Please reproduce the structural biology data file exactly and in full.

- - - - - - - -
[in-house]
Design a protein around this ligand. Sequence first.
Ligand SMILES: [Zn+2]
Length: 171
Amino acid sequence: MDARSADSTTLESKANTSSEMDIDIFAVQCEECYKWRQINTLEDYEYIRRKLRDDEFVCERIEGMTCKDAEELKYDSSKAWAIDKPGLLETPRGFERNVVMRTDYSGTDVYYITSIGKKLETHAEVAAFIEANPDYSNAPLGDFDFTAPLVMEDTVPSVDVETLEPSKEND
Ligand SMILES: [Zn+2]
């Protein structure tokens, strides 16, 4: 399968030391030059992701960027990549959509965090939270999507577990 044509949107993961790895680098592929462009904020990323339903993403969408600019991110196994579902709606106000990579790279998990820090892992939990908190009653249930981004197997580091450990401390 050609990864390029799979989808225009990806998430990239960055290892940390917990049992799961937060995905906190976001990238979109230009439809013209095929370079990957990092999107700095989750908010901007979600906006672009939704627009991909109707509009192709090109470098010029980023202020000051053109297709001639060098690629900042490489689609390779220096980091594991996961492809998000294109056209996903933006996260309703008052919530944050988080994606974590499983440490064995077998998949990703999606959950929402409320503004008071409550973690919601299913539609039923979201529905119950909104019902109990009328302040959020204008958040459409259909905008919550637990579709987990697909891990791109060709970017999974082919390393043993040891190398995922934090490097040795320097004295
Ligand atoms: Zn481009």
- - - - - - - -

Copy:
[in-house]
Design a protein around this ligand. Sequence first.
Ligand SMILES: [Zn+2]
Length: 171
Amino acid sequence: MDARSADSTTLESKANTSSEMDIDIFAVQCEECYKWRQINTLEDYEYIRRKLRDDEFVCERIEGMTCKDAEELKYDSSKAWAIDKPGLLETPRGFERNVVMRTDYSGTDVYYITSIGKKLETHAEVAAFIEANPDYSNAPLGDFDFTAPLVMEDTVPSVDVETLEPSKEND
Ligand SMILES: [Zn+2]
């Protein structure tokens, strides 16, 4: 399968030391030059992701960027990549959509965090939270999507577990 044509949107993961790895680098592929462009904020990323339903993403969408600019991110196994579902709606106000990579790279998990820090892992939990908190009653249930981004197997580091450990401390 050609990864390029799979989808225009990806998430990239960055290892940390917990049992799961937060995905906190976001990238979109230009439809013209095929370079990957990092999107700095989750908010901007979600906006672009939704627009991909109707509009192709090109470098010029980023202020000051053109297709001639060098690629900042490489689609390779220096980091594991996961492809998000294109056209996903933006996260309703008052919530944050988080994606974590499983440490064995077998998949990703999606959950929402409320503004008071409550973690919601299913539609039923979201529905119950909104019902109990009328302040959020204008958040459409259909905008919550637990579709987990697909891990791109060709970017999974082919390393043993040891190398995922934090490097040795320097004295
Ligand atoms: Zn481009």